The operation that Dr. Blaivas performs is called the autologous rectus fascial pubovaginal sling, uses a strip of your own tissue called fascia as the sling instead of a synthetic mesh. Using your own tissue means there is no possibility of rejection, erosion, or any of the serious complications associated with mesh. The fascial sling is considered a gold standard for the treatment of stress incontinence in women today.
Recovery From Bladder Suspension Surgery
How fast you recover depends on the specific procedure. Open retropubic suspension surgery is done under general anesthesia, and requires a hospital stay. The surgery itself takes about one hour, but discomfort can last 6-8 weeks. Some sling procedures may be done under local anesthesia in an outpatient clinic. In general, recovery times are longer for procedures done through the abdomen, and shorter for those done through the or via laparoscopic incisions.
Follow your doctor’s instructions carefully after surgery. Avoid activities that put stress on the bladder and vaginal area. For example:
- Do not use tampons or douches for 6 weeks
- Avoid intercourse for 6 weeks
- Do not strain during bowel movements
- Avoid strenuous exercise
- Do not do any heavy lifting
Remember, the most common reason surgery fails to improve symptoms is an incorrect diagnosis. That means, if you still have urinary leakage when you cough and sneeze after bladder suspension surgery, be sure to tell your doctor. You may have another medical condition causing the problem, and may need additional treatment or tests.
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Pelvic Organ Prolapse And Recurrent Utis
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Pelvic Organ Prolapse and Recurrent UTIs could be connected but the relationship is much more complicated than you might think.
As you know, urinary tract infections are very common, affecting nearly 40 percent of women over the course of their lifetime .
Vaginal Mesh Has Caused Health Problems In Many Women Even As Some Surgeons Vouch For Its Safety And Efficacy
Following the surgery in 2010, Stepherson, then 48. said she suffered debilitating symptoms for two years. An active woman who rode horses, Stepherson said she had constant pain, trouble walking, fevers off and on, weight loss, nausea and lethargy after the surgery. She spent days sitting on the couch, she said.
In August 2012, Stepherson and her daughter saw an ad relating to vaginal mesh that mentioned 10 symptoms and said that if you had them, to call a lawyer.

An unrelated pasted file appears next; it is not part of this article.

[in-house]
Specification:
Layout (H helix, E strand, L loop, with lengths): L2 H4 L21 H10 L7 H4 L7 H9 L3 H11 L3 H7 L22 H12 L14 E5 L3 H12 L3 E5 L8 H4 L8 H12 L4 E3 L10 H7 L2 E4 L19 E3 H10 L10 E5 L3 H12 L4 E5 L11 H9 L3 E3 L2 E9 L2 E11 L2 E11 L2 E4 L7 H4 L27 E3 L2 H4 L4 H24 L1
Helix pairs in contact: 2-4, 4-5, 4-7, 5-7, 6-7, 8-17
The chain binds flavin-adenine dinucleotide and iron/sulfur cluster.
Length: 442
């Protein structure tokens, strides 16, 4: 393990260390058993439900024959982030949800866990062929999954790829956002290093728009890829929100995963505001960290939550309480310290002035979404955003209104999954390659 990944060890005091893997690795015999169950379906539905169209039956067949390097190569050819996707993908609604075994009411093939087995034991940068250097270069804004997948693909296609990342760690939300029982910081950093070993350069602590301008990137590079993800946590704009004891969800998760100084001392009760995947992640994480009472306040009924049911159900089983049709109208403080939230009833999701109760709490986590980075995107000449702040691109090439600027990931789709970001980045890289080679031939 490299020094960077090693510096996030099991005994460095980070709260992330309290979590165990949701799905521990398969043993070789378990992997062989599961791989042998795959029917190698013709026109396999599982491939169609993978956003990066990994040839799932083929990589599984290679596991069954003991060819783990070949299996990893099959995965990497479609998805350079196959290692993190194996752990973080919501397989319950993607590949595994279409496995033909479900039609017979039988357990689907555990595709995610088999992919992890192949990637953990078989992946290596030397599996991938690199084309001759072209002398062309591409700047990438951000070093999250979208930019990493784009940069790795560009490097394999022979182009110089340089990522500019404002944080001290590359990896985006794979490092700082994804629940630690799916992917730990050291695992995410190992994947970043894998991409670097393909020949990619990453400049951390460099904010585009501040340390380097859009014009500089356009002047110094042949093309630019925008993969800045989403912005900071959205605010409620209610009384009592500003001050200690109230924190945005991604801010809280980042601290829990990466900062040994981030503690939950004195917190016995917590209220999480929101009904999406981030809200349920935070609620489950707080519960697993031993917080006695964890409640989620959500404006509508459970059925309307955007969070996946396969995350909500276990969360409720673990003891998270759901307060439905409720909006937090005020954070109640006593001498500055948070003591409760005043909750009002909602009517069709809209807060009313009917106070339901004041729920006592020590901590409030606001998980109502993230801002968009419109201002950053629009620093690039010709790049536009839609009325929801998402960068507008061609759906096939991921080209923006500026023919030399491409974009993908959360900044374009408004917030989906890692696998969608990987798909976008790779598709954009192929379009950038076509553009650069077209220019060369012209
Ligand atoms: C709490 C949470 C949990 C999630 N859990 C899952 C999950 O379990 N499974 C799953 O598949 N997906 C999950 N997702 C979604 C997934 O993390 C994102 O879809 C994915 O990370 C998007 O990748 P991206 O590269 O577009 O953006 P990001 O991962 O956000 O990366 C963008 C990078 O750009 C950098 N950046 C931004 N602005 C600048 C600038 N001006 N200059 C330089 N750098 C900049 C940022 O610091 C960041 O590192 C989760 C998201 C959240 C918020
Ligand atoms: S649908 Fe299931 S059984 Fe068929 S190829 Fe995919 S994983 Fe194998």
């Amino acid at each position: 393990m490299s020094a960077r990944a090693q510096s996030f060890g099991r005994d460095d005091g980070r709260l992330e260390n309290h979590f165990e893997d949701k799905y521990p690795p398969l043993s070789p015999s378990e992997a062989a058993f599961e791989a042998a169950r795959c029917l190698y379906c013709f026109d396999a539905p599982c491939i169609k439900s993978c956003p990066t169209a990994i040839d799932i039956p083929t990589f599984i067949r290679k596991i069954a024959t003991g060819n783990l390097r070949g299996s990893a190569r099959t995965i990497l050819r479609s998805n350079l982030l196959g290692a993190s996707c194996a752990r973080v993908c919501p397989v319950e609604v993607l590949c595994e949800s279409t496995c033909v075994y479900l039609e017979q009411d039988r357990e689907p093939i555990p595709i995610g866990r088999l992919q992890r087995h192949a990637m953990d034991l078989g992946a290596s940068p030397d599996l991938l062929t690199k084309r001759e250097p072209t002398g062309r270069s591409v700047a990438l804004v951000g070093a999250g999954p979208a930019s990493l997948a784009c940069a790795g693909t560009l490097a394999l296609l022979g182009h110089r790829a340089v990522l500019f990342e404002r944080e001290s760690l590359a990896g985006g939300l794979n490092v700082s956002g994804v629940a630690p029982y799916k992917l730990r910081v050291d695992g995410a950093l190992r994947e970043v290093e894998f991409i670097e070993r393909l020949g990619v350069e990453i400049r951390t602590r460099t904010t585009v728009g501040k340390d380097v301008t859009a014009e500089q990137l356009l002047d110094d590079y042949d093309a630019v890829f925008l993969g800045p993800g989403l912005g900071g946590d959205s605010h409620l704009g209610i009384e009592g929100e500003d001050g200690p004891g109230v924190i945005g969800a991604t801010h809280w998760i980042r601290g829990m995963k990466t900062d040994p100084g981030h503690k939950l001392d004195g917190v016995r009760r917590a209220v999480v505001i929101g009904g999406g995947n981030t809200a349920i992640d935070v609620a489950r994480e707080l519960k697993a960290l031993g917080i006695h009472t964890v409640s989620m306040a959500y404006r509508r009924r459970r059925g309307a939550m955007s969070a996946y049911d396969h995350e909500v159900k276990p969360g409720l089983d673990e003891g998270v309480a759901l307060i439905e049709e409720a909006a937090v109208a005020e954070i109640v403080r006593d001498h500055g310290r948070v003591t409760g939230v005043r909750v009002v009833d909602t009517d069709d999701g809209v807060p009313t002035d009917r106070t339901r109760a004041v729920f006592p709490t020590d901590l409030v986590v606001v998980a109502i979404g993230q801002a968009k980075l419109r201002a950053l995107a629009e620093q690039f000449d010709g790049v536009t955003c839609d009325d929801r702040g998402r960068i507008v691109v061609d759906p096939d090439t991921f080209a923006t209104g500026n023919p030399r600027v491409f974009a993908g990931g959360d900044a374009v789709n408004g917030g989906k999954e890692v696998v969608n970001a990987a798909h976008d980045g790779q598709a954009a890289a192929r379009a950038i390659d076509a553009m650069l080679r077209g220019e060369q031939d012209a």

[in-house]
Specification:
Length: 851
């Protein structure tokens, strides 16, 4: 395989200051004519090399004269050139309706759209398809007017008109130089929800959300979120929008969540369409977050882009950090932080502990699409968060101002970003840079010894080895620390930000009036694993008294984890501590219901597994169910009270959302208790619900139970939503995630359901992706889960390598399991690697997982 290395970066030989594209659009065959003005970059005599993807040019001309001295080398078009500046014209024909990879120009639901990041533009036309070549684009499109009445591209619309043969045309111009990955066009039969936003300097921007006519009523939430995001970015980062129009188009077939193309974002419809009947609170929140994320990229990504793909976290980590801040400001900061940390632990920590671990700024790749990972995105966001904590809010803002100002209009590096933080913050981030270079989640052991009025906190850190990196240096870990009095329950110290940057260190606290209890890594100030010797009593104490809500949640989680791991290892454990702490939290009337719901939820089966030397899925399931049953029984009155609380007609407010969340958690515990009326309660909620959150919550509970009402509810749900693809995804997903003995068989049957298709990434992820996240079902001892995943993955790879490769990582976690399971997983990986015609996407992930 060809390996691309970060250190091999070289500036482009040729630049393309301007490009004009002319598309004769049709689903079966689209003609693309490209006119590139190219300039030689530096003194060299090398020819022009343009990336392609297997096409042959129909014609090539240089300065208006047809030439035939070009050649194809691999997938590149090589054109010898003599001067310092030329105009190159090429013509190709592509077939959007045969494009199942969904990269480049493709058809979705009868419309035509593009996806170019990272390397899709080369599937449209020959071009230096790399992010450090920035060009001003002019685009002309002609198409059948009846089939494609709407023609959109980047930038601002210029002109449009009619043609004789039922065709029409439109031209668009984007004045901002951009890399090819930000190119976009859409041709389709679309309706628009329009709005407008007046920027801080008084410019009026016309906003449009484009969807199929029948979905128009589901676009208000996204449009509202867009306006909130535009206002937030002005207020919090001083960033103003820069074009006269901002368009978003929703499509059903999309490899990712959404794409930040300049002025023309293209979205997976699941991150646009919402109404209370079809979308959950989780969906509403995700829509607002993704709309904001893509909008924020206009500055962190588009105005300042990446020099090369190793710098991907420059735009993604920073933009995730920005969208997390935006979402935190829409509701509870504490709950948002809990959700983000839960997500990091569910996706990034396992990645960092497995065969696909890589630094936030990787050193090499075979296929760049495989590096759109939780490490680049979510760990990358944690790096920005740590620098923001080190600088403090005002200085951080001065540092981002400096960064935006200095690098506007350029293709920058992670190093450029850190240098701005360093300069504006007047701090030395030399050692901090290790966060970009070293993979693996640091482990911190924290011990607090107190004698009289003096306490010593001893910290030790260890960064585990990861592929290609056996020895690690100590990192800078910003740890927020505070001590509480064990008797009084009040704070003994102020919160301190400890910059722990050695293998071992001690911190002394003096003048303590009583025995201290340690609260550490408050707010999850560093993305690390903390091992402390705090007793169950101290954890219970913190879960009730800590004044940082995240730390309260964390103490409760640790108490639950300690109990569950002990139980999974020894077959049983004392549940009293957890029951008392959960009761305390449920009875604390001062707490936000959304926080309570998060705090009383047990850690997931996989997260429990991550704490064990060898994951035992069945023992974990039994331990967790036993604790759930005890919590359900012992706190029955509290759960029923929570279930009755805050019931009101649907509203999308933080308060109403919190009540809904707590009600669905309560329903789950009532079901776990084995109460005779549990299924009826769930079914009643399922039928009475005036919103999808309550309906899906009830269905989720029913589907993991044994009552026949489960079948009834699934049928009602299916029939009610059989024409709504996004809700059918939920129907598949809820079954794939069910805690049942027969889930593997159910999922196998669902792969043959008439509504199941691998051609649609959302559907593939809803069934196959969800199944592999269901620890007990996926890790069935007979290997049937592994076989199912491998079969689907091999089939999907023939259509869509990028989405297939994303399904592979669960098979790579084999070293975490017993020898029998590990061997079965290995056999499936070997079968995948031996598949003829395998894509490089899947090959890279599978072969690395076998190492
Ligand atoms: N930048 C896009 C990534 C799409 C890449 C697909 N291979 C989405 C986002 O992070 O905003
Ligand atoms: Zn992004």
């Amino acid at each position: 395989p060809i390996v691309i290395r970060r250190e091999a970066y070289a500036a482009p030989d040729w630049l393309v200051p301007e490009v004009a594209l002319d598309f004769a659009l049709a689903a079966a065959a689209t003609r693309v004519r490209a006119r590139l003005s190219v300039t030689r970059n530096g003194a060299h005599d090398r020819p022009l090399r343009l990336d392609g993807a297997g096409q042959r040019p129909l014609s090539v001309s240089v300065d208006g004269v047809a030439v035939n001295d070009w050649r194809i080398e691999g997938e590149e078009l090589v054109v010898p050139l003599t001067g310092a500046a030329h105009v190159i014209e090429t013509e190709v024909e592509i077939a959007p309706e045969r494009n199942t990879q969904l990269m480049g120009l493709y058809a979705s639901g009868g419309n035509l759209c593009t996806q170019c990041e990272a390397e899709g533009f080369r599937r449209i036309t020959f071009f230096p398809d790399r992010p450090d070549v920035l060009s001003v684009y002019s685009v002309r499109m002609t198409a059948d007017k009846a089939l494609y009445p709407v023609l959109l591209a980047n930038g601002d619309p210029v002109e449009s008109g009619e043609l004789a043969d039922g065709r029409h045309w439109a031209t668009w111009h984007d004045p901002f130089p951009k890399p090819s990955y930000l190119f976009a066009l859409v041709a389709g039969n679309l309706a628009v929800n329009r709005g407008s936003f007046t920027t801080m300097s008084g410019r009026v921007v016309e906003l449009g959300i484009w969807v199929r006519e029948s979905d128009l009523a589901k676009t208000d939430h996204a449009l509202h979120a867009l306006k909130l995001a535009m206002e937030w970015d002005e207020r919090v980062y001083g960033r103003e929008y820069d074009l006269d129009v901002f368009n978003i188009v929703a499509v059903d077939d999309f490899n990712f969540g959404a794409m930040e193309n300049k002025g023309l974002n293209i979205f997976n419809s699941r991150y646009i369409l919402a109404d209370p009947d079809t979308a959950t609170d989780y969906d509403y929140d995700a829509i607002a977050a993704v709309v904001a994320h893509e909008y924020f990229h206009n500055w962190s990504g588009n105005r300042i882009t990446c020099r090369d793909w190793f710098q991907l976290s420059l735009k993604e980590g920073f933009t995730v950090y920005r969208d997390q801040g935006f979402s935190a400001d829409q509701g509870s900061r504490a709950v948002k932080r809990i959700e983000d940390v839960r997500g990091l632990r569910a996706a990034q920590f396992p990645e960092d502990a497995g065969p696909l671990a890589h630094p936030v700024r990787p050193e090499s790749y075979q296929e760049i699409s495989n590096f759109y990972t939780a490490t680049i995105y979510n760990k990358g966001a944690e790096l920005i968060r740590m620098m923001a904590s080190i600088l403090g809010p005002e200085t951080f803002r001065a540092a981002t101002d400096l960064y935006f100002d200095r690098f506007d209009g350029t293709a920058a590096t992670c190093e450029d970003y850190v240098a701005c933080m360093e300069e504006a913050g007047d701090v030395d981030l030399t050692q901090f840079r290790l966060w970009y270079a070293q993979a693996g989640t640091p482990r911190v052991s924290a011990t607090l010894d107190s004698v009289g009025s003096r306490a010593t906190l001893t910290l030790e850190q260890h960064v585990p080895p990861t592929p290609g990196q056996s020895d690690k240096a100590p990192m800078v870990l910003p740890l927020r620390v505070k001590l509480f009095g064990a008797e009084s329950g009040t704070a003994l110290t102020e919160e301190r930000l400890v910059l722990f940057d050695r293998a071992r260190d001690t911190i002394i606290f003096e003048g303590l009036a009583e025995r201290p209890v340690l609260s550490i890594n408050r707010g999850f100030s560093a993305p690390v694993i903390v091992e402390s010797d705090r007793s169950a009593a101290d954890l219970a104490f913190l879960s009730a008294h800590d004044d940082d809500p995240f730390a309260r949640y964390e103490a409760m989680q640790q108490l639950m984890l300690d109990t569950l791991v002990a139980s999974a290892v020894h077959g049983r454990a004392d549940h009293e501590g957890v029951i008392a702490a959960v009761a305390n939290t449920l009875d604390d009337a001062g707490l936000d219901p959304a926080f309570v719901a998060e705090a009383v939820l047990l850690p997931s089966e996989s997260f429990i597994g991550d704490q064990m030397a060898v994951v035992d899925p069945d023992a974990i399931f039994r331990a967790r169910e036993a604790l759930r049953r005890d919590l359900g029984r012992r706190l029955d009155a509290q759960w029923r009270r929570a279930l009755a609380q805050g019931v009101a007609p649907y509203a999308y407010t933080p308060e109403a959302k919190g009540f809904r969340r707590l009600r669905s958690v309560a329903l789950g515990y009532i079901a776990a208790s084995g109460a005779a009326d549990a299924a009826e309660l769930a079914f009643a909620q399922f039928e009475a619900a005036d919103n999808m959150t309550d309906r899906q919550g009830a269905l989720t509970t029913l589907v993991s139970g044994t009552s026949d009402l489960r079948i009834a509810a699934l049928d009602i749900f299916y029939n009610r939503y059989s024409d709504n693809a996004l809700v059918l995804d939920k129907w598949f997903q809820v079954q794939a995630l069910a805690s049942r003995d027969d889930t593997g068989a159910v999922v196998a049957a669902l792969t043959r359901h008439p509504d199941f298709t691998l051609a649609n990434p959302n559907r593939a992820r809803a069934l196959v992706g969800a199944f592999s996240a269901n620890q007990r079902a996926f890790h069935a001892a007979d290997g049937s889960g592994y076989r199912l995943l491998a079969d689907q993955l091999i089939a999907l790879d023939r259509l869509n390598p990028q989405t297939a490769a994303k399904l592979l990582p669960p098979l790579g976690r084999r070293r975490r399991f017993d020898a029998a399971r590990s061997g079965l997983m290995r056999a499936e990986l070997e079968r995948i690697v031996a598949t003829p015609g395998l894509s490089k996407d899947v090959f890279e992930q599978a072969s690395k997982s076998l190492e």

My daughter said, Oh mom you have every one of those, Stepherson, of Tyler, Tex., recalled.
Vaginal mesh, used to repair and improve weakened pelvic tissues, is implanted in the vaginal wall. It was initially in 1998 thought to be a safe and easy solution for women suffering from stress urinary incontinence.
But over time, complications were reported, including chronic inflammation, and mesh that shrinks and becomes encased in scar tissue causing pain, infection and protrusion through the vaginal wall.
Chrissy Brajcic, a Canadian who struggled for four years with persistent infections following a mesh implant, became the face of mesh victims with a Facebook page. Brajcic died in December 2017 from sepsis at age 42.
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Trouble Urinating After 5 Weeks Of Bladder Sling And Rectocele And Cystocele Surgergy
I have had a easy time after surgery, except for bladder. I had a catherator when I went home from surgergy. Which was out patient. The next day they took it out and I could pee. Had to go back that same day and have it out back in had 2 liters they removed. Had it on for 3 more days went back still couldn’t pee. They showed me how to self cath, so I did that for 3 days and was able to go but would only go small amounts. For last 4 weeks been going but not normal. Meaning sometimes a good flow other very slow or almost a drip. Very frustrating. Now I’m not going. I did s self catherator at 12 today now 8 hours later did it again. And only 5 oz came out. I’m scared it back up into kidneys. I’ve drinker more the 8 glasses today and a glass of cranberry. I did not have bladder trouble before surgergy. I am in very good health, except for having prolapse and going threw surgergy. I really hoping it just starts working again. Anybody else had this kind of trouble.
0 likes, 14 replies
Posted 6 years ago
If you are in a lot of pain or feel sick I would definitely go to ER or clinic
Posted 6 years ago
Thanks for replying. I was tested last week and they gave me Bactrim but sent it off to lab, it came back negative so I quick taking. I had some left and took it last night. I didn’t go to ER it’s been a long night. When I do catherator only getting 3 to 4 oz the stream is strong, then I get a sharp pain and it stops. Almost feel like the hole is block. Crazy.